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If you really want to sing and want to reach your true vocal potential, you gotta work on your singing technique.

Despite what you might think, everyone can sing. We all just go about it in different ways. And sometimes this can work for or against your voice.

What developing your singing technique really means is knowing how to use your voice effectively and efficiently as possible. When you truly master the art of singing you’ll find out what your voice can really do. And it will be much more than you imagined!

But I remember when I started taking lessons, I had no idea what was going on or why I was being asked to do something. Improvements were made but...I was 100% reliant on the teacher to guide me and my voice.

It was only years later after working with different styles of teachers, learning to teach singing myself, and studying vocal pedagogy that I started to see that there’s a process to building your voice. And if you know me, I love a process!


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Hi, I'm Rebecca! And I truly love everything about the art, science, and teaching of singing. If you're looking to build an effective and healthier singing technique so that you can sing with more ease and confidence, then you're in the right place! Here's a few other blog posts you might also like to read:

And of course, grab a copy of my ultimate vocal health starter guide where I'll share how to create a vocal health routine and reset your voice in 14-days!


In today’s article, I wanted to share the five things you need to do to build a good and solid singing technique. My advice is to work through them in order, mastering each one before moving on. Building your singing technique is like building a house - you can’t plaster the walls before you’ve installed the electrics.

By the end of this blog, you’ll know how to build your singing voice and you’ll walk away with a few helpful hints to get you started.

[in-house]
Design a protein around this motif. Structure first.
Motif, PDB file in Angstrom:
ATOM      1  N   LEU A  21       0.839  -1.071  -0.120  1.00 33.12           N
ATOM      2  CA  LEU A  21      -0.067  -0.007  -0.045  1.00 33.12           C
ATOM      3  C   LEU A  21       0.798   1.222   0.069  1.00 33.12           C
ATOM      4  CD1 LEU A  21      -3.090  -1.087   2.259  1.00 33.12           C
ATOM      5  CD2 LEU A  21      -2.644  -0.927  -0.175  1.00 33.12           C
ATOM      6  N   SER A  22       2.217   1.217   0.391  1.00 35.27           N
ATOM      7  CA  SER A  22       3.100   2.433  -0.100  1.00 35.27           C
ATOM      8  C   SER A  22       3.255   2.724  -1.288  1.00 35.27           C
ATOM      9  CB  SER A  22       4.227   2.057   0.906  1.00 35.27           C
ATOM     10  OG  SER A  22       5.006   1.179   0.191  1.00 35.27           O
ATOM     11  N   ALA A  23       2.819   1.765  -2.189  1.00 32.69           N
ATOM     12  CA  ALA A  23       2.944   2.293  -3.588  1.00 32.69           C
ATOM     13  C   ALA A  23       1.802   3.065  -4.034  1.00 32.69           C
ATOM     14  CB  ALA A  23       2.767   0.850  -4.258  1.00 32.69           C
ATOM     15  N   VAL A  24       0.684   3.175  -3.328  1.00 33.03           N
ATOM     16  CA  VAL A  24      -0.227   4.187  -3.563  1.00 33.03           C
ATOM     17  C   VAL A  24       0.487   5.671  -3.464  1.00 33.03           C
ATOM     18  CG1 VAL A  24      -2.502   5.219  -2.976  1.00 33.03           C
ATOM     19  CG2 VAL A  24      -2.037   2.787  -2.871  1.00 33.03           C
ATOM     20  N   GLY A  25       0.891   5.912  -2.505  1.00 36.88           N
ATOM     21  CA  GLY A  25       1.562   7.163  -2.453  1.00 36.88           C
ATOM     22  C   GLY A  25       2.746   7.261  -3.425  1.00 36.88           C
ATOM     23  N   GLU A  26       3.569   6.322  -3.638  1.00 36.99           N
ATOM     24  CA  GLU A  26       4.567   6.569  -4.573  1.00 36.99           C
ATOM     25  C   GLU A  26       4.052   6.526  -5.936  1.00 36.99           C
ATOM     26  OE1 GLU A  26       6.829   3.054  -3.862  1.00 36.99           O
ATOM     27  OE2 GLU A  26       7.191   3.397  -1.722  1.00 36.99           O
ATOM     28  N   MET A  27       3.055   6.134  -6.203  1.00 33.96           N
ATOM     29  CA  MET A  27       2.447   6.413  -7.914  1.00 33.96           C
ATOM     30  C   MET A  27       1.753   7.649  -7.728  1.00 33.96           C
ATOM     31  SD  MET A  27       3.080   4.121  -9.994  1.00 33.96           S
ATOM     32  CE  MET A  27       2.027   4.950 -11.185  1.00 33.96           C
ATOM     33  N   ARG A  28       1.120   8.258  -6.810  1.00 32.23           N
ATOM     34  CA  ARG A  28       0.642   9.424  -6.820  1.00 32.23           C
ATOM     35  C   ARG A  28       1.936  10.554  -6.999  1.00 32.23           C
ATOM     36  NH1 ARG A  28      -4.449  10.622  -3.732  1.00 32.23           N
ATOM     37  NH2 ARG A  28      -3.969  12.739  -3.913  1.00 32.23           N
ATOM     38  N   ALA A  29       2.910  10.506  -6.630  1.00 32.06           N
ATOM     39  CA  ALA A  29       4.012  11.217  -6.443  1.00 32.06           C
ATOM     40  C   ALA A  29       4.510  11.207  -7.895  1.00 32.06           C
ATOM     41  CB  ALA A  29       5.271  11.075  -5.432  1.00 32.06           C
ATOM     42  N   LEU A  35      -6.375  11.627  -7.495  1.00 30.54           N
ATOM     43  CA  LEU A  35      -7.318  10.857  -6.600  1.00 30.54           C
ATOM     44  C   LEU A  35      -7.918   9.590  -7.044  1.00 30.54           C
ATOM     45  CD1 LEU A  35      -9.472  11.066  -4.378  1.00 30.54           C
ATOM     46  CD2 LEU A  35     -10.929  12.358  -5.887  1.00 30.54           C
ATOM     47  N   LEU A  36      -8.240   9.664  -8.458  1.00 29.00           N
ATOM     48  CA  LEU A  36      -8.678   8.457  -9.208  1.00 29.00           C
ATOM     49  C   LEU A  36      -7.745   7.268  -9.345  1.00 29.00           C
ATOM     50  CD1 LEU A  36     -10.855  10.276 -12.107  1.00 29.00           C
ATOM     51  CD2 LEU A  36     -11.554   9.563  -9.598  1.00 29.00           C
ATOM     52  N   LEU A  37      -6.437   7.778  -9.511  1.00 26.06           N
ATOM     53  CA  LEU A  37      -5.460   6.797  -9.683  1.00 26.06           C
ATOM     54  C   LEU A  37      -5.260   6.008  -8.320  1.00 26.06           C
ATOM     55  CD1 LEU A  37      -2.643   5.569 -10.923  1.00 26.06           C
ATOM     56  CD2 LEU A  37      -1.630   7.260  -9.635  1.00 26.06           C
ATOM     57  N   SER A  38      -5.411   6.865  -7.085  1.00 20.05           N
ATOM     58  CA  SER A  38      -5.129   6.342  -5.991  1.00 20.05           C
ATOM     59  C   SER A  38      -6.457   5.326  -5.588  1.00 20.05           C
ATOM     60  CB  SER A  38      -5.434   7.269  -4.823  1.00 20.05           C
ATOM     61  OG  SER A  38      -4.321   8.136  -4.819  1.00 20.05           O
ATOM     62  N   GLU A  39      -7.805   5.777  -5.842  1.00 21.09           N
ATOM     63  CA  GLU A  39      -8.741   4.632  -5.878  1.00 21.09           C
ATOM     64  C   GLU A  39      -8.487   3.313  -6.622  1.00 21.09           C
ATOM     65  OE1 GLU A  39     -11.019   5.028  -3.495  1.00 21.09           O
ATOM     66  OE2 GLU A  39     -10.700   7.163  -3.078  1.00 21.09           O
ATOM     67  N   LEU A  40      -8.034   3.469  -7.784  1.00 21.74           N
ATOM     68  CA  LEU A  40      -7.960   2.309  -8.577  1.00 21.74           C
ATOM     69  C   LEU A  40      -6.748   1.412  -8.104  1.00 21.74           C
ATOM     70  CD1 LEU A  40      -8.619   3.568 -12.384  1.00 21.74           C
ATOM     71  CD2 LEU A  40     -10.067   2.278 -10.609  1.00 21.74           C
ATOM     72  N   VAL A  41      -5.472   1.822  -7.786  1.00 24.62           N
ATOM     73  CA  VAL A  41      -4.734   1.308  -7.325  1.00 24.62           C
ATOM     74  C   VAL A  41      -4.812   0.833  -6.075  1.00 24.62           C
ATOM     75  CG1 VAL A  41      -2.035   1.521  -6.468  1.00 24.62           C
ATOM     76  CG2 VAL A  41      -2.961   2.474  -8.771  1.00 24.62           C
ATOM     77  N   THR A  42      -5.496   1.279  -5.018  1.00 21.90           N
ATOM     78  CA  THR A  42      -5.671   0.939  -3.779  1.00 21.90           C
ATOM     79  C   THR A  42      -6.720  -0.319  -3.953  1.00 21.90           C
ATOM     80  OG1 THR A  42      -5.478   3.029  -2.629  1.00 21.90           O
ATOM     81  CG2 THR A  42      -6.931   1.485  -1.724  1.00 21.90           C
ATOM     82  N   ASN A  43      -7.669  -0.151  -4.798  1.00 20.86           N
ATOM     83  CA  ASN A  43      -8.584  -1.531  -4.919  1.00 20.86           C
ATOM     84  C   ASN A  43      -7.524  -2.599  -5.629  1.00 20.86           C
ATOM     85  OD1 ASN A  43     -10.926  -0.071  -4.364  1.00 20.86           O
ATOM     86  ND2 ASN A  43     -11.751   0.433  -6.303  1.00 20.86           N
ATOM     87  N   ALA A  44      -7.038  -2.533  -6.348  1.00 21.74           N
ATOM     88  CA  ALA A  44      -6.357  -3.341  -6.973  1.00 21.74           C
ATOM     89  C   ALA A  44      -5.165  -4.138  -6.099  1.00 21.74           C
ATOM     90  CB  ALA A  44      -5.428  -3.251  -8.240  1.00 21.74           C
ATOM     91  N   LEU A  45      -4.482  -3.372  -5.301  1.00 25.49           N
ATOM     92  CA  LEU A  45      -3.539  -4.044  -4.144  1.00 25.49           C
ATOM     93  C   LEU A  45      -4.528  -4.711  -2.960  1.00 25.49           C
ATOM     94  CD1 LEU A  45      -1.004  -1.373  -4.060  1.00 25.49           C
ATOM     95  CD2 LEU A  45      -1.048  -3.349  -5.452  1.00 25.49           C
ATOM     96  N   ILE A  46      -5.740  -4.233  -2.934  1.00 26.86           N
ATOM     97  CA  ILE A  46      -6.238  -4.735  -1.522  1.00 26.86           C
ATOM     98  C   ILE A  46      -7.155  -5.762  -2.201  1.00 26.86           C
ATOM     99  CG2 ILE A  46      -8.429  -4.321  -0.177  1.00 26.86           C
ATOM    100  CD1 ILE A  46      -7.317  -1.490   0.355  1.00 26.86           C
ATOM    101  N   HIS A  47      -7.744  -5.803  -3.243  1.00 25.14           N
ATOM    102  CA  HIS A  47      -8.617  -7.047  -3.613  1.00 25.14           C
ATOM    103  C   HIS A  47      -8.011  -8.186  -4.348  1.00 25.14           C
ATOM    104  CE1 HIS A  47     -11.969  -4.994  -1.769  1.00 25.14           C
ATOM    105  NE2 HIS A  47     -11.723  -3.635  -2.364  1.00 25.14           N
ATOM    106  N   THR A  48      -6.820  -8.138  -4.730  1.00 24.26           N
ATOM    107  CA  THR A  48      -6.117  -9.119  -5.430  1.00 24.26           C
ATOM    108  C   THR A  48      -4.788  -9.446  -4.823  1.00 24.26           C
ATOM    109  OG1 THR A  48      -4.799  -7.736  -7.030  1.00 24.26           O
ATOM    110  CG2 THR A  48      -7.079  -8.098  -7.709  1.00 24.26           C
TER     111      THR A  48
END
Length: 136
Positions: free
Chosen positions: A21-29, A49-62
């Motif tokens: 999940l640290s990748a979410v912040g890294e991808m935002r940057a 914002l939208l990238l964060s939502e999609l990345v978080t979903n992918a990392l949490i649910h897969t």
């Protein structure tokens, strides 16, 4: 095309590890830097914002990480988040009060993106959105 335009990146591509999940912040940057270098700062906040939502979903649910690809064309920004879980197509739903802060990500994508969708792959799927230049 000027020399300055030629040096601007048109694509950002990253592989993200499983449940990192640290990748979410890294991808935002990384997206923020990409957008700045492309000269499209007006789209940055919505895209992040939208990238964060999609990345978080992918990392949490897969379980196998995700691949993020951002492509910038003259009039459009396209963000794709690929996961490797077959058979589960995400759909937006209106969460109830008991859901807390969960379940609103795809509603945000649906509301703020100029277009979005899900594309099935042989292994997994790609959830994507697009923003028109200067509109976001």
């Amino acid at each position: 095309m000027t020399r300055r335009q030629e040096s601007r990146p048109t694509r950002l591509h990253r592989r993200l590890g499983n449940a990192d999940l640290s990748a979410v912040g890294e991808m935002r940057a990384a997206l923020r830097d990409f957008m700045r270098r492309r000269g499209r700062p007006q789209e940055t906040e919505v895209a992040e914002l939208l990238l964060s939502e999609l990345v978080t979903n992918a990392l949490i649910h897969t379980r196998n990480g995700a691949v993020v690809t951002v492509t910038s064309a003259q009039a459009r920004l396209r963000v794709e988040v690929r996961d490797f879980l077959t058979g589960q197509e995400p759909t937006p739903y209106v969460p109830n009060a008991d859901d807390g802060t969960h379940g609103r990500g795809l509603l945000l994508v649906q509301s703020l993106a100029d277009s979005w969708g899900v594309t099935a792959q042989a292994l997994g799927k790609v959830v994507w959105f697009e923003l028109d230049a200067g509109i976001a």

Recently, I’ve seen some debate online about whether posture, balance, and alignment is really that important in singing and whether it should even be addressed in singing lessons. Well, I can tell you from personal experience that it makes a huge difference!

Think of it this way - if you put a woodwind instrument together not quite in alignment it still plays but it’ll be out of tune and the keys are not easily in reach, increasing the likelihood of injury. This is exactly the same with the voice. If you have poor postural alignment the voice doesn’t quite line up, doesn’t work as efficiently, you can’t reach your true vocal potential, and you increase the likelihood of developing a vocal injury.

So, when starting to develop your vocal technique, start with improving your posture, balance, and alignment. This is the hardest part to convince students to work on - but it’s the foundation for your house and the rest of your structure (vocal technique) relies on a sturdy foundation.

And when I say work on your postural, balance, and alignment I mean working on and developing those core muscles. Activities like Yoga, Pilates, and Tai Chi will help strengthen your core and pull your body into it’s natural alignment. Or if you prefer, taking regular Alexander Technique or Feldenkrais lessons work really well too.



For me, breathing is the most important element of good singing technique - it’s the walls of your house. It needs to be strong and supportive for the rest of the house. But it’s also like fuel for your car. If there is no fuel in the tank you’re not going anywhere!

And being honest, learning to breathe for singing is the toughest and longest part of developing vocal technique. It can take upwards of 5 years to change your breathing habits and requires consistent management and maintenance.